I recently joined a research study that asks participants to document their training and experiences leading up to the CapTex triathlon on Memorial Day. It has prompted me to do some thinking about how I got started in this crazy sport in the first place. Here is my story.
About 6 years ago, I went on a Spring Break trip with my family and returned to find out that my boyfriend had started seeing someone else while I was gone. Always an awesome feeling. My family didn't like him, and I think I knew that he wasn't a good one for me anyway, but it still stung quite a bit. I was pissed, and for whatever reason decided that I needed a way to prove to myself, and anyone else who cared, that I was strong. Some how "being strong" parlayed it's way into fitness. I was already running then, but that didn't seem like a big enough challenge. My brother had been a cyclist for awhile at that point, and I always thought that biking sounded fun. So I started saving some money and eventually bought a bike (Bleu) from my brother's friend for about $600. I didn't really know anyone else who rode though, so I didn't get out there as much as I wanted to. Months went by and I still hadn't really decided the direction I was going in, until I came across information about the CapTex "First Tri". The distances didn't sound unreasonable, so I decided that I would sign up and make it my goal.
I had no idea what I was doing back then. I did as much reading as I could, but really I just got out there to train when I could, with no real focus. A teacher's salary did not afford me the option to sign up for any training groups either. But each week I found a way to swim, bike, and run, and took pride in each little accomplishment along the way. My brother's girlfriend at the time decided to do the race with me, so we would often email each other during the week with the work-outs that we were doing. It was definitely nice to have at least a virtual training buddy.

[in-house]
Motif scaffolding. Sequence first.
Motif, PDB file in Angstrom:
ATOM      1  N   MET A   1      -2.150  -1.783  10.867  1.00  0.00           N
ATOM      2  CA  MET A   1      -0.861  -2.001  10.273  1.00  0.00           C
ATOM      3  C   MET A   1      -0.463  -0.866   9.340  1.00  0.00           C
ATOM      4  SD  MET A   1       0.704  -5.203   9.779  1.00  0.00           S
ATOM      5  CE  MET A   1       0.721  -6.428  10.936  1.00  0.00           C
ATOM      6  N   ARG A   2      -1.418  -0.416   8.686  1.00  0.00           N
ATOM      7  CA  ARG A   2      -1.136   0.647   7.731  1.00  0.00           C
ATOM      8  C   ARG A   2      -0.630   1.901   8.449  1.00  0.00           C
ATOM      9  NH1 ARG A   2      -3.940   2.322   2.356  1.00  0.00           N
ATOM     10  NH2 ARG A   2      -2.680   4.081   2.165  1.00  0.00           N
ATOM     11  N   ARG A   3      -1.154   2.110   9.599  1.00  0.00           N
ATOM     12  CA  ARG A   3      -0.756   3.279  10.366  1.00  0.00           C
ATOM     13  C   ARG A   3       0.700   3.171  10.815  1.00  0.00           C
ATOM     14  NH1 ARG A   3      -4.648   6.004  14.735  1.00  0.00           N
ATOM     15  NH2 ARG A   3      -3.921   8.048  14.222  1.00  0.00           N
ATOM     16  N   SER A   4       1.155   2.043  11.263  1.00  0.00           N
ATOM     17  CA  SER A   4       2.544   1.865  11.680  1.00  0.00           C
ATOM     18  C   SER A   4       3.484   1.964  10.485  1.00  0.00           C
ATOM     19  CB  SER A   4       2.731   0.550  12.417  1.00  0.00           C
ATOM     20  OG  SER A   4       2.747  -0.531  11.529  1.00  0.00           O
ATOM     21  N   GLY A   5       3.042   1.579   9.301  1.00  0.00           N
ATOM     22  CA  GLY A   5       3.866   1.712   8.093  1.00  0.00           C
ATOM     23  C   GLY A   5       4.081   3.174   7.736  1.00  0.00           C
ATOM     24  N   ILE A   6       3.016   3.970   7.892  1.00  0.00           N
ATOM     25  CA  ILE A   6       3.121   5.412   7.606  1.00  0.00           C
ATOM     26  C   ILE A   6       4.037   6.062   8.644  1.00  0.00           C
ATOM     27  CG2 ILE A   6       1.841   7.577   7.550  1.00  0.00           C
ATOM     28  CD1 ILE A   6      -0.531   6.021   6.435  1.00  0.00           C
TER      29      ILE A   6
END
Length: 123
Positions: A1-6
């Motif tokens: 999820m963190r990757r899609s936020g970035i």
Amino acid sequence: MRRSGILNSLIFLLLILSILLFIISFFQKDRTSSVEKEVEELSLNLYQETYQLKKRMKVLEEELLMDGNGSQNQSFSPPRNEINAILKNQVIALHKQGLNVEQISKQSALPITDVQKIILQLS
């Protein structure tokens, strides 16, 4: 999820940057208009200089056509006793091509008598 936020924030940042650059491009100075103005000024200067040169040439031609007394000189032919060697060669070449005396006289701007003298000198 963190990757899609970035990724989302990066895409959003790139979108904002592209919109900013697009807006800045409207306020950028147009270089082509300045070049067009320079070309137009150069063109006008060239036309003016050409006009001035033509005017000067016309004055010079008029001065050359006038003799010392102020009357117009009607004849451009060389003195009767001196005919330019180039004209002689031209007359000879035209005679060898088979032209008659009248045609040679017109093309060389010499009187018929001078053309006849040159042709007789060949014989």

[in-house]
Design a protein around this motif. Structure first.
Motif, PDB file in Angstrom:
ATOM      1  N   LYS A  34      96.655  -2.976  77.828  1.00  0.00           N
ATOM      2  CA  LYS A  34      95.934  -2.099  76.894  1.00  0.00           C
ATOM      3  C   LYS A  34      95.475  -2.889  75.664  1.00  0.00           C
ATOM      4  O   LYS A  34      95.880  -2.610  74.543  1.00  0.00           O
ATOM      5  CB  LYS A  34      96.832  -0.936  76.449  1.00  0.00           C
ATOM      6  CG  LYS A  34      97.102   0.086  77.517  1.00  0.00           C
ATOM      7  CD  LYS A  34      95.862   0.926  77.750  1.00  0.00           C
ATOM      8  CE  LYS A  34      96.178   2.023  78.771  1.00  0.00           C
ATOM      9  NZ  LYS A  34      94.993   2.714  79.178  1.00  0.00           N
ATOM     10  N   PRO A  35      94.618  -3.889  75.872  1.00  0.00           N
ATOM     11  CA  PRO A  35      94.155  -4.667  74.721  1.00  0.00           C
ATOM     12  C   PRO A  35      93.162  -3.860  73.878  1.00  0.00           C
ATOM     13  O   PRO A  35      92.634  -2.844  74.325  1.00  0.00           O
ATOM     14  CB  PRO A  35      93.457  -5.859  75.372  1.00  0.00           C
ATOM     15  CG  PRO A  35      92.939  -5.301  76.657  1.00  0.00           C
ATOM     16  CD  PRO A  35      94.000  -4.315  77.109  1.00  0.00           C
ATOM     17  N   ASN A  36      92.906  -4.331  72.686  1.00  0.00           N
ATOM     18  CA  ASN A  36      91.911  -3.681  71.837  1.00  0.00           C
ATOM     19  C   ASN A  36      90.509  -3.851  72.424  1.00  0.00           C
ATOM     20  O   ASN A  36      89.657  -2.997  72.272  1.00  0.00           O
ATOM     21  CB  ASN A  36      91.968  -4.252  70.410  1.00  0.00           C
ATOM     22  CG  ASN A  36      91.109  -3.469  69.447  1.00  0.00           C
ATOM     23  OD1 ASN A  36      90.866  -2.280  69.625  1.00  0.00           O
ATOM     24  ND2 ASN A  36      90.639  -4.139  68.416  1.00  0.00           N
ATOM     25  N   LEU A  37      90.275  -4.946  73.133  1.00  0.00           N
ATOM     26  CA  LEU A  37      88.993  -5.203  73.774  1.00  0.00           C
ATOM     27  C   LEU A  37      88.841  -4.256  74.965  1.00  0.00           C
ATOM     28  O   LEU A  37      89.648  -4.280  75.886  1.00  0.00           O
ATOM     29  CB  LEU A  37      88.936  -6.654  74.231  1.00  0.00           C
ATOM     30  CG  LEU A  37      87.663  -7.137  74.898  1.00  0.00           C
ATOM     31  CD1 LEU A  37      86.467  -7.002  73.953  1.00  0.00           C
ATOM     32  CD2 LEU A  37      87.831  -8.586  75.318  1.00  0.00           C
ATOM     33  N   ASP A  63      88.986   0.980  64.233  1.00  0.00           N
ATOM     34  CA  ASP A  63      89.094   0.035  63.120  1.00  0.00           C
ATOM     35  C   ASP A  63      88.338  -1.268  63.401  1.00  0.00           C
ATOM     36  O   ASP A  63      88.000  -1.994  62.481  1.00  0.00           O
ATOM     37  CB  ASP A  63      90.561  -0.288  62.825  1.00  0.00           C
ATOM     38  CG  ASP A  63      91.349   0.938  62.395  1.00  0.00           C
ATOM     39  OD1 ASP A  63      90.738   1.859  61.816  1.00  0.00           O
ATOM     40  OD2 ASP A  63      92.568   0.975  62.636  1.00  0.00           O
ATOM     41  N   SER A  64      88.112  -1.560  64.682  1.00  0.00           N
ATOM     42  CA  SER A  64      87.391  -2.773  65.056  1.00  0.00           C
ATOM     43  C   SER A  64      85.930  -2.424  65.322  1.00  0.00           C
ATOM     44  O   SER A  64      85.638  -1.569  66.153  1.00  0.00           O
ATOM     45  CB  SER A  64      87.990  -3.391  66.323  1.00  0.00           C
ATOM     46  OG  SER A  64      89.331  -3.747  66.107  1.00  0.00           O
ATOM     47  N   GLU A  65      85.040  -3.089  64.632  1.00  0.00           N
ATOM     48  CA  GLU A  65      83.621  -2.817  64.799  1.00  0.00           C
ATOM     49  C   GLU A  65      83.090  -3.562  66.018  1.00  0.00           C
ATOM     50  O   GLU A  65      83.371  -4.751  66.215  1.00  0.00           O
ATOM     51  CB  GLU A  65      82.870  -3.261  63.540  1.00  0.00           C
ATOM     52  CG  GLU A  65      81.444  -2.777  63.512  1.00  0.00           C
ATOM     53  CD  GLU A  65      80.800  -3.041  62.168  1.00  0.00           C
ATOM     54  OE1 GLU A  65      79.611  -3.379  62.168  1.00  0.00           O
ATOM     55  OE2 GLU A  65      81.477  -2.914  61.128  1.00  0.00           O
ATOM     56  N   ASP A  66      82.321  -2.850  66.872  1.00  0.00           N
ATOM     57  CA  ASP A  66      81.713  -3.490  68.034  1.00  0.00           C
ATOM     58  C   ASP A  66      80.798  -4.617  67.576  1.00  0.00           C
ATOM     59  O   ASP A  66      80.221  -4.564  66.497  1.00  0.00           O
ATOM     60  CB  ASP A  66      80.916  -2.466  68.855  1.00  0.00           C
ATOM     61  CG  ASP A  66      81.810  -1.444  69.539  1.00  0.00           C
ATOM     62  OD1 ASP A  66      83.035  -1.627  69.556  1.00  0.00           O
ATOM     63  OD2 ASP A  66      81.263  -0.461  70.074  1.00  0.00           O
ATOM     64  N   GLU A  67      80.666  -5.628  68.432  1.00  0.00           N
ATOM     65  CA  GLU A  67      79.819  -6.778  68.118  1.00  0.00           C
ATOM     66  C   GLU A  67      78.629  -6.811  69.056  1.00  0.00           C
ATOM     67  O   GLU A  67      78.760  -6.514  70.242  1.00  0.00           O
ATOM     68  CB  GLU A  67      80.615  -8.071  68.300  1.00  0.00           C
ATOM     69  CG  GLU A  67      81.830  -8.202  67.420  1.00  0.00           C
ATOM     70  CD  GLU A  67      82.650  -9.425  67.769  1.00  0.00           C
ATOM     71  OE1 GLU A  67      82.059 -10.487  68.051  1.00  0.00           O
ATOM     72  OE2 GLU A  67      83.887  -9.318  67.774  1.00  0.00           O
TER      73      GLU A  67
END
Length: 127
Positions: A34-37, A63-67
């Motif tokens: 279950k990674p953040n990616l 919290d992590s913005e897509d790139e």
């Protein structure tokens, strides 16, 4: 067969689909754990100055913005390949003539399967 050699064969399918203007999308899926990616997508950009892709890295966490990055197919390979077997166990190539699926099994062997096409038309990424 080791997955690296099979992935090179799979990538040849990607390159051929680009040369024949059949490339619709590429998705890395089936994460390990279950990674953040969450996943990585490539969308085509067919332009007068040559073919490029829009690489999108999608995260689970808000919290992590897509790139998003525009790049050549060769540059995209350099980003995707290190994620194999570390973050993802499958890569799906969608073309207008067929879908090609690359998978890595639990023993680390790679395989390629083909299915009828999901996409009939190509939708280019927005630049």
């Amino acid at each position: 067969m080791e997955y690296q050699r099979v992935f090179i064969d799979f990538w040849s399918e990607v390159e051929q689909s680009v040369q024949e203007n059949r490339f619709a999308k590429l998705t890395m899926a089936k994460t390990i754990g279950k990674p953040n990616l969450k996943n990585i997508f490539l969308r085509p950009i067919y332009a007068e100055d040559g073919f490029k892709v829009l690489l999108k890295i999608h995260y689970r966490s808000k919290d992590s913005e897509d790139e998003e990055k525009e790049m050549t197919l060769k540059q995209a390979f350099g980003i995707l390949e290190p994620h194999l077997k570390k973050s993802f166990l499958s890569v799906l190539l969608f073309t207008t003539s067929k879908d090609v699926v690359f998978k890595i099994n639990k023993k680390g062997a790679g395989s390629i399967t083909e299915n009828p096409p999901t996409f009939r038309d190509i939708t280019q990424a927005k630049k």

As timing would have it, I started dating a guy shortly before the race who's mom was a pretty hard-core triathlete (talk about intimidating!) She gave me some pointers though, but when I think back to that first race, it's hard to believe I didn't drown or face plant at some point. But I was hooked, and there was no turning back. I wanted more, and I wanted to do better. I completed at least 3 more races that season, and several more over the next year.
My job transition 3 years ago from teaching to technology (and a life on the road) did not allow me to continue training with any consistency. I also started dating The Professor around that time and just stopped training. I continued to exercise, but not at the same level leading up to that time. A few years went by, and then entered the year of Frans. I really don't feel like it's necessary to dwell on that- we all know how it ended. But the one good thing that came out of that was my rekindled interest in triathlon. Of course it helped that (he who really shouldn't be named) was an Ironman, and heavily involved in that lifestyle still. We volunteered at a race together and again I was hooked- I wanted to be participating, and not just watching.
Even though I was traveling extensively, I still found time to fit training into my schedule, and signed up for a race last Labor Day. Of course, we also know what happened shortly before the race. It only motivated me even more to train harder and kick butt. I ended up signing up for two more races to finish out the season and was really proud of what I had been able to accomplish given all the different circumstances and hardships I faced during that time period.
And here I am today- still not knowing exactly what I'm doing while training, but feeling good about it nonetheless. I am stronger than ever and in the best shape of my life. At age 35, that's a pretty awesome feeling. When I first started this journey, I thought riding 12 miles on a flat surface was a challenge of epic proportions. Now I can ride 50 on killer hills. Six years ago, the thought of running 6+ miles sounded like crazy talk. Surely I would have a heart attack. While I'm still not as fast as I would like, I can run 7 miles (and counting). I have met some great people along the way, and still enjoy the challenges each week as I continue to find ways to get better, stronger and faster. As long as it stays interesting, I plan to keep at it. Yes, it's time consuming, hard, sweaty, exhausting and often expensive. But if it were easy, it wouldn't be any fun.
The Weekend Dish: 5/18/2013
3 hours ago